If our amaBhungane “investigative journalists” cared about the plight of the poor, they should spend their time on issues that REALLY matter – rampant corporate crime that has made life for the average working South African a constant struggle to pay bills while the disparity between rich and poor widens!!!

  2. marxism sux marxism sux 16 April 2010

    Corruption at its very best – it seems “Politiconeuring” is the new cousin of “tenderpreneuring” – clever move however, as while you keep the ANC as a business, beneficiaries will forever urge an unsuspecting public to “defend the ANC at the ballot box” – corruption pays hands down so why change the so-called “empowerment” structures?

  3. DeMing DeMing 17 April 2010

    I’m glad the lead balloons are finally flying!

  4. Butch Hannan Butch Hannan 17 April 2010

    Is there any person who knows exactly how much money the ANC has stolen from the citizens of this country. Here I am referring to government and municipalities. This no doubt amounts to many billions which could have been used to fix many of our problems. I am sure that most of our public service do not understand what the two words “civil servant” actually mean. All civil servants should have to sign a contract with the citizens of the country. I have compiled a tongue in the cheek “Contract for Civil Servants” which you can view on my website.

  5. Jan Jan 17 April 2010

    This is corruption, and corruption is wrong, and Dave Harris is defending it. I used to think he had a point here and there in his rants, but no – he has lost all credibility. Thanks for he article Stefaans.

  6. Mark Robertson Mark Robertson 17 April 2010

    I haven’t heard corruption described as ‘savvy investments’ before, but I guess there’s a first for everything. I guess the point that should be obvious is that the poor, above all, are the victims of corruption.

  7. ian shaw ian shaw 17 April 2010

    I have no doubt that Dave Harris himself is getting a share of the ANC’s iilegal riches, yet he blames the privileged whites for the counry’s ills.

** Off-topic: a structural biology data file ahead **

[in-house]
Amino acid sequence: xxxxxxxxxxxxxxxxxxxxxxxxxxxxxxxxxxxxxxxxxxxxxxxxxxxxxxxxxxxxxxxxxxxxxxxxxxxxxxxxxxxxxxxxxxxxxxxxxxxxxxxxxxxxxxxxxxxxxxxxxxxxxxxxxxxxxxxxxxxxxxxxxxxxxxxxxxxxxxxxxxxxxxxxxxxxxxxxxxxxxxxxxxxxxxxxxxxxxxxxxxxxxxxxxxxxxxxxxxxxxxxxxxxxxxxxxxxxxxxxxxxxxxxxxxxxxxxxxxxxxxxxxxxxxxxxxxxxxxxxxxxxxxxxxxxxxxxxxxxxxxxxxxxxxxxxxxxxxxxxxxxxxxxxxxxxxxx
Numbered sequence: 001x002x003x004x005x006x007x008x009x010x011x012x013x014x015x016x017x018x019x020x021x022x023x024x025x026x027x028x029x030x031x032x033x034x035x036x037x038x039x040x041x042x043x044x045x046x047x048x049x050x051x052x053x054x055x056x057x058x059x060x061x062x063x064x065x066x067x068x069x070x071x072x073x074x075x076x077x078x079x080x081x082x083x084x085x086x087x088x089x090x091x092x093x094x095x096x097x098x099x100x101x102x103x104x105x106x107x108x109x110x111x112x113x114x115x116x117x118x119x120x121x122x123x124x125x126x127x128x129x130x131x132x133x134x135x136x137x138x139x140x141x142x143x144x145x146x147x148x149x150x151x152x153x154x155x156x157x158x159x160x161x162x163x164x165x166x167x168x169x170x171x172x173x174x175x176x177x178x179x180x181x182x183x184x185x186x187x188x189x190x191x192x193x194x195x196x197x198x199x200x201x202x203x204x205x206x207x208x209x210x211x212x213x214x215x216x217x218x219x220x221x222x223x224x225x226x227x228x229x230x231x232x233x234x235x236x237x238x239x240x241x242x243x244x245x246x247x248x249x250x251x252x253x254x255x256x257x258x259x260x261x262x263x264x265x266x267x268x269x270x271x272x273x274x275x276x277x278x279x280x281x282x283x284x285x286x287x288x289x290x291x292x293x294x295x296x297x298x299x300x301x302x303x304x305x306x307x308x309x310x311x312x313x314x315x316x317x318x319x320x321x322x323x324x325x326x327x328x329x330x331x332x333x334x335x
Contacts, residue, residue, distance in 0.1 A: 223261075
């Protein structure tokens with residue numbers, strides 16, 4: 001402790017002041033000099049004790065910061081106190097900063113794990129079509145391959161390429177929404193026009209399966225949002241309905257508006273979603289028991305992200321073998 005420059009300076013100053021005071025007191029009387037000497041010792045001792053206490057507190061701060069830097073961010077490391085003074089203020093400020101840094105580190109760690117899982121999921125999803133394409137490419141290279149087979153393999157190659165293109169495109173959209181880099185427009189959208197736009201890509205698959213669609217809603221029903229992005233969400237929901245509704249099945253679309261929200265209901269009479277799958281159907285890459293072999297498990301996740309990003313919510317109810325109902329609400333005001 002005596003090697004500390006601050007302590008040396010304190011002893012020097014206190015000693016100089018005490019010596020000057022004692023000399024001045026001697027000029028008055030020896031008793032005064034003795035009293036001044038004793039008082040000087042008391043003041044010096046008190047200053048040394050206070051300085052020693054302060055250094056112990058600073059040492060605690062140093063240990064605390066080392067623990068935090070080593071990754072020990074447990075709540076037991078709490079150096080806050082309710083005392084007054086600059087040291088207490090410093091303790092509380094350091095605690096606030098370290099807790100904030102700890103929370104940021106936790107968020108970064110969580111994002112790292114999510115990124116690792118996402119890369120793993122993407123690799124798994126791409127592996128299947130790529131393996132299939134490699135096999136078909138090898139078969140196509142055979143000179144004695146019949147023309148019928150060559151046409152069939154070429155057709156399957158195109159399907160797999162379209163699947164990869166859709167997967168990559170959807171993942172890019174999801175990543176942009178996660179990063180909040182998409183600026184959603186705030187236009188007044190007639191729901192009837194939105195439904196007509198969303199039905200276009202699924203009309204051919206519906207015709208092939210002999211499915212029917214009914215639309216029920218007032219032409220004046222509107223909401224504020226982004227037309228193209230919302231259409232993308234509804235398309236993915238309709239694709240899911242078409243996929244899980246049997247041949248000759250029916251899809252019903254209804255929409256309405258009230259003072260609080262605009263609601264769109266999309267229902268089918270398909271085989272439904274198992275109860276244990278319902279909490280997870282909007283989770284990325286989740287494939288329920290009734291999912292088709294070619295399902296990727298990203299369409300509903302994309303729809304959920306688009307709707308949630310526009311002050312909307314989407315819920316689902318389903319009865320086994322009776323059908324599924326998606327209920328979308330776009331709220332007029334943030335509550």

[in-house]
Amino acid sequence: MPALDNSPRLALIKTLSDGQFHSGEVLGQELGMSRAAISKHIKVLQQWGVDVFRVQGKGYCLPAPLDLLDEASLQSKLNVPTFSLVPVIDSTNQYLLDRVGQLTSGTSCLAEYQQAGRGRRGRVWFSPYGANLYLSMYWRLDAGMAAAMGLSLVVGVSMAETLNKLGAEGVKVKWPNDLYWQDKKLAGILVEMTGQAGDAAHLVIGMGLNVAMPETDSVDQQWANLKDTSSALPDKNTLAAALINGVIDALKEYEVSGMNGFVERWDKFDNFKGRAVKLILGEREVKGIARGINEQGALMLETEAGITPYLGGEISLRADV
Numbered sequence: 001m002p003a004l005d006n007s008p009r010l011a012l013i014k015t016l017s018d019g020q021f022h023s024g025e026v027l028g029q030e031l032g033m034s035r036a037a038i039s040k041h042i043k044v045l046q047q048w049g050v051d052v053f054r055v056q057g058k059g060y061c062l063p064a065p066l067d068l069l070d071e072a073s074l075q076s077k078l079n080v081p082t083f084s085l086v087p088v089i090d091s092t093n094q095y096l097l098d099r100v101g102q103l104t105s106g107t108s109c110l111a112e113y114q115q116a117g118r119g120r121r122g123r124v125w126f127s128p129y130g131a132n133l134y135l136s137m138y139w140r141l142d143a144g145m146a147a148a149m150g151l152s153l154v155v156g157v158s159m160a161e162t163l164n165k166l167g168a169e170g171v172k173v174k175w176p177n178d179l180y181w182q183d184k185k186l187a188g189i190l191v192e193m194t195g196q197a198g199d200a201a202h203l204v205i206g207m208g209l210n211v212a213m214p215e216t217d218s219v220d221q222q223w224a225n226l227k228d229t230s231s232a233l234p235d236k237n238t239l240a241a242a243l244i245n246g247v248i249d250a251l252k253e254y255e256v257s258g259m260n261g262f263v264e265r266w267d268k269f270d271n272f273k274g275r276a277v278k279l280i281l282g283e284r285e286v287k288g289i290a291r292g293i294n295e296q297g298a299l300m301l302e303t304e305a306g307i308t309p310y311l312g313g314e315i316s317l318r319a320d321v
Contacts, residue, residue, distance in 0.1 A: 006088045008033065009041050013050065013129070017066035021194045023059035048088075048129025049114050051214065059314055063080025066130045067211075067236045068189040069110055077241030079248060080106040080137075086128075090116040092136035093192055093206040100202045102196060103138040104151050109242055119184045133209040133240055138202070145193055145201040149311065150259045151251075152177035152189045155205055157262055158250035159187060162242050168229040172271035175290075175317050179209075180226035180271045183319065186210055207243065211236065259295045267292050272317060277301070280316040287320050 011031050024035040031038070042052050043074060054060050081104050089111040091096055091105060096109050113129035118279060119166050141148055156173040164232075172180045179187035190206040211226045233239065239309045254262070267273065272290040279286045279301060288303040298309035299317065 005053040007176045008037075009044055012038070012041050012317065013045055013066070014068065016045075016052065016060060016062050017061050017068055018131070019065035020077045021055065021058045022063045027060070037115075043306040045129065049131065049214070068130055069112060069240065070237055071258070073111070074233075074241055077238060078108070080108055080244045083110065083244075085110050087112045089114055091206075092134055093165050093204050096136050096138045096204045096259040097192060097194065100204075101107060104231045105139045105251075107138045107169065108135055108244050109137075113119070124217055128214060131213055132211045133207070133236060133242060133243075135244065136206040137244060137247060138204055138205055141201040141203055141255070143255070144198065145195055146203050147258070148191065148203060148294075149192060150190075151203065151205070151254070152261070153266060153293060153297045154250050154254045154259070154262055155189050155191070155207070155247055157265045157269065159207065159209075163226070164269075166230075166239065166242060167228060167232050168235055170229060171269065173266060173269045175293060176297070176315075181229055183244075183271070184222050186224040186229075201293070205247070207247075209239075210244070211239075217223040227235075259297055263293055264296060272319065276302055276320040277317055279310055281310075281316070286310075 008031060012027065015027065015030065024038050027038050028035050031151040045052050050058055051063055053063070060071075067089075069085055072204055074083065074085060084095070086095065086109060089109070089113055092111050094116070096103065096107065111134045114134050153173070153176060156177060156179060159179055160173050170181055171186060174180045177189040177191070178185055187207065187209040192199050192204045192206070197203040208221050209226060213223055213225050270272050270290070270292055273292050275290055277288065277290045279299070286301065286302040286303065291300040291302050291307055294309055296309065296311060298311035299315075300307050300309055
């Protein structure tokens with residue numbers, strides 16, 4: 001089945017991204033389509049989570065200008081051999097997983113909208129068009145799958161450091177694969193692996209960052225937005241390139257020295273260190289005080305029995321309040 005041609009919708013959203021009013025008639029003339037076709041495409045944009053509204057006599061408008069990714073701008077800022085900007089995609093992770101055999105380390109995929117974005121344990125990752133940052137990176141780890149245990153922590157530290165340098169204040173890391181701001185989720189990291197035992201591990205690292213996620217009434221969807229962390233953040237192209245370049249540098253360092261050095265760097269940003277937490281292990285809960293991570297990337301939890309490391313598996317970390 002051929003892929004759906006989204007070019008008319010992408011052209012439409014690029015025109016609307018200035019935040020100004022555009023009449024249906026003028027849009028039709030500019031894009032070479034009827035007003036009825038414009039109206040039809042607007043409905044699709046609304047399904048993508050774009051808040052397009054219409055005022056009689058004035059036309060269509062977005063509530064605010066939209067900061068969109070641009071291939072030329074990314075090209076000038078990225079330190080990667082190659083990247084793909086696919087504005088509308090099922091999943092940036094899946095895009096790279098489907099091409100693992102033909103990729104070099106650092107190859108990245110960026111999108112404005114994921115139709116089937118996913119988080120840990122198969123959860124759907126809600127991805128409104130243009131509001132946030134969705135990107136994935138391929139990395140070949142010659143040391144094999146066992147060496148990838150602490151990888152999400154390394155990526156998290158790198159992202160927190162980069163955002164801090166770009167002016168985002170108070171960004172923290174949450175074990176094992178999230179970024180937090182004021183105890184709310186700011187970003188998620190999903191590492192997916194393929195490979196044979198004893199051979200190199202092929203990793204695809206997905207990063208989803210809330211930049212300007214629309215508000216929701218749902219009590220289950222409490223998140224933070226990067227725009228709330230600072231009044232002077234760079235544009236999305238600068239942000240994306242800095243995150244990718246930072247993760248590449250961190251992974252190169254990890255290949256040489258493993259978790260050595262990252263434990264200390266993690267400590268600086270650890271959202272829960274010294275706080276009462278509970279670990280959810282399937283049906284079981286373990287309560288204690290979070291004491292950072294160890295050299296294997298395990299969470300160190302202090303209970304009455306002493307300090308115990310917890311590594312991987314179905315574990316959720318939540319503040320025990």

8. RubinB RubinB 17 April 2010

    @Dave Harris:….”so I don’t begrudge the ANC for assembling their election war chest with savvy investments”
    You are confusing blatant corruption with “savvy investments”? You have no ethics, my friend!

  9. EA Blair EA Blair 18 April 2010

    Yes Dave, you are so right, I am so looking forward to DA’s 100million, or is that 200million, election campaign in 2012.

    Moet, anybody?

  10. EA Blair EA Blair 18 April 2010

    p.s. Methode de Cap Classique is more DA style.

  11. Andre Philander Andre Philander 18 April 2010

    Good blog guys, and Dave Harris, you would be the last person I would want to sit next to in a class on government transparancy and political accountability or even morality, seriously, the excuse or reason that they did it so why shouldn’t I is an excuse used by teenagers. “Savvy investments” dear god no.

  12. Siobhan Siobhan 18 April 2010

    @ amaBhungane Go for it! And how about an optional sidebar that explains the import of your findings–for those who don’t see the implications written on the wall?

    @Dave H. LOL

  13. Gersie Dee Gersie Dee 18 April 2010

    So true Mr. Harris. Its funny how little objective opinion non-white (especially coloureds) South Africans have about the mining and farm land issues constantly brought up by Julius Malema. They mostly have no opinion on the broadening of the gap between the rich and the poor yet they are the ones being pushed further and further below the breadline.

    (I’m coloured btw)

  14. a bloke a bloke 18 April 2010

    Dave Harris works obliquely and so successfully for the DA I suggest he approach them to ‘assemble’ his war chest (too?).

    Thanks Stefaans.

  15. bob bob 18 April 2010

    What’s worse, the magnitude of the corruption or the widespread acceptance of corruption?

  16. Piet Opperman Piet Opperman 18 April 2010

    @ Dave Harris: You apparently have knowledge of unreported “rampant corporate crime that has made life for the average working South African a constant struggle.” You are, of course, aware that such knowledge should be reported to the police, and that failure to do so is a crime in itself?

    This, by the way, is the standardised response of the ANC to any accusation of corruption…

  17. Lyndall Beddy Lyndall Beddy 19 April 2010

    The Centralised Corruption of the ANC has little meaning for ordinary people – most of them are like Dave Harris who believe corruption is OK if it is black not white corruption, and also believe the myth that whites control the economy so this is OK, and only stealing from whites not from the poor.

    Where the message really gets home is at local municipal level where the electorate know the people involved, who the councillors are, and understand it is their money being stolen.

    Which is why you should be co-ordinating with local press (who usually can’t afford the risk of publishing all they know), and local ratepayers associations for news of local corruption.

    If I was M & G Editor I would get ALL the municipal corruption covered by the next election – a few municipalities every week.